Online brands will reinvigorate their packaging in order to enhance the e-commerce experienceAs we see a shift from shopping in brick and mortar stores to online shopping, packaging will need to be a key ingredient in consumer experience. Brands will no longer need to “stand out on the shelf”, but they will need to think about the perception a consumer has about a product when they see in on a doorstep or in a mail box. Consumers will now see “unboxing” as part of the user experience which puts pressure on brands to put more time and effort into that aspect of their packaging.

Brands that adopt clear and succinct package messaging will be rewarded as consumers prefer brands that embrace minimalismLiving in the information era puts a little added pressure on brands as consumers are able to find information about a certain product with ease. Chances are, a consumer already has some sort of knowledge or perception about your product before they even see the packaging. With this, your packaging should not overwhelm or underwhelm the consumer with information. Finding this happy medium can be difficult, but it can be the difference between a repeat customer and a one-time user. Product packaging should be clean and contain just enough information to reaffirm customer perception.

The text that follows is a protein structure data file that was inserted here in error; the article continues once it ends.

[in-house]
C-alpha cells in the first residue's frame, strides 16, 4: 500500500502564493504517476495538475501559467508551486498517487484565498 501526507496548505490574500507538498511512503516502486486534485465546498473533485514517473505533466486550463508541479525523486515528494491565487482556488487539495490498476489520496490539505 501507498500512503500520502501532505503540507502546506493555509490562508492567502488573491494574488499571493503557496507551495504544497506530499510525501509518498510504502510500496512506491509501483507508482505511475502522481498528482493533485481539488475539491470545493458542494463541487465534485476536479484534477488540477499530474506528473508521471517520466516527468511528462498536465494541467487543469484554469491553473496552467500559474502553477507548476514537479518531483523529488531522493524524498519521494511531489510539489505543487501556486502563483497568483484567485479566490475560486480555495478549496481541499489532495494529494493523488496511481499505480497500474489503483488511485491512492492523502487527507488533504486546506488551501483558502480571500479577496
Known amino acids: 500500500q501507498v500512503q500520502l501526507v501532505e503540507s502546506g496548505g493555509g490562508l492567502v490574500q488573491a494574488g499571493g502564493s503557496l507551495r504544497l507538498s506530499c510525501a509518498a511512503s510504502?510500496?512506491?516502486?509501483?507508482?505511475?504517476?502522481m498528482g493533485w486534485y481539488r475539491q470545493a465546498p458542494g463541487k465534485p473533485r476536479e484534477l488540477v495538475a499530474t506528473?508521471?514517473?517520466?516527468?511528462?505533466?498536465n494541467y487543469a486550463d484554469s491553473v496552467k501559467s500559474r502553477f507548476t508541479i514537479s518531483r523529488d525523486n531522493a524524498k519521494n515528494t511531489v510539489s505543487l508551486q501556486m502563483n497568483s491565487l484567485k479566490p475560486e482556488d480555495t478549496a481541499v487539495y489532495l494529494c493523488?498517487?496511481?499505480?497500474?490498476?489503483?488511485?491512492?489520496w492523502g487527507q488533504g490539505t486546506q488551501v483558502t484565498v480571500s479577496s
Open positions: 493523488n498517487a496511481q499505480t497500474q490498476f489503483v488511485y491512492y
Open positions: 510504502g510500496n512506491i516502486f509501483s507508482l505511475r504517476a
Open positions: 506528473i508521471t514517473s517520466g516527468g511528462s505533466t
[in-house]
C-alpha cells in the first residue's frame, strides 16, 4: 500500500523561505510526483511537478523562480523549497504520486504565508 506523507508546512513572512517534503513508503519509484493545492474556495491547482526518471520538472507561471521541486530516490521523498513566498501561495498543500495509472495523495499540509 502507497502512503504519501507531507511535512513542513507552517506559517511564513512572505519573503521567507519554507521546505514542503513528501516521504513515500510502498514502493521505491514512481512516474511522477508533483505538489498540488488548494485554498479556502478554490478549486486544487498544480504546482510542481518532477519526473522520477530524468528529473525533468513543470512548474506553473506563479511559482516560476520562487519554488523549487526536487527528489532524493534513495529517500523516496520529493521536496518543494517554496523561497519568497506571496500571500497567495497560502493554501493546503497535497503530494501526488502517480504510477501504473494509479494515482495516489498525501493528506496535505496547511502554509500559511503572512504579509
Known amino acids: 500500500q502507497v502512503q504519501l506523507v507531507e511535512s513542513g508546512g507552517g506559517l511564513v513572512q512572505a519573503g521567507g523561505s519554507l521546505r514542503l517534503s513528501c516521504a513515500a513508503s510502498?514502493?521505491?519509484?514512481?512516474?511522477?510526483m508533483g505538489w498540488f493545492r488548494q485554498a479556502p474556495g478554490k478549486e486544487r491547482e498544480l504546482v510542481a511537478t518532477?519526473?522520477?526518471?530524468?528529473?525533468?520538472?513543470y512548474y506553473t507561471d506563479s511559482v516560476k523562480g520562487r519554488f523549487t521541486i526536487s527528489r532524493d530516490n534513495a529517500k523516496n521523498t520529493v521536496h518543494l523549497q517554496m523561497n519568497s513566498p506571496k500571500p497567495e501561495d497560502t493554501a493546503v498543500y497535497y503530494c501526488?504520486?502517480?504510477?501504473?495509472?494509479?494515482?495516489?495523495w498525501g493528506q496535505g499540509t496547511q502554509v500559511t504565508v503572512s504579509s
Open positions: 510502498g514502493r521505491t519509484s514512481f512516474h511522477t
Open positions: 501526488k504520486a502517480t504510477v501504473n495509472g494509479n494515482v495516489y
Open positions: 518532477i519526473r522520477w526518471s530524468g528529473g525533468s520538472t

Brands will be called to keep marine conservation at the forefront of packaging development and to anchor the circular economy for future generations. Again, as we continue to emphasize recyclability, marine conservation will be at the forefront. Luttenberger says, “safe packaging disposal will increasingly color consumers’ perceptions of different packaging types and impact shopper purchase decisions.” Brands will be responsible for ensuring their customers know they are working toward a more marine friendly packaging construction. Brands can create awareness by reusing wasted plastic found in the sea and other bodies of water. This effort will raise consumer awareness, but will not completely solve the problem.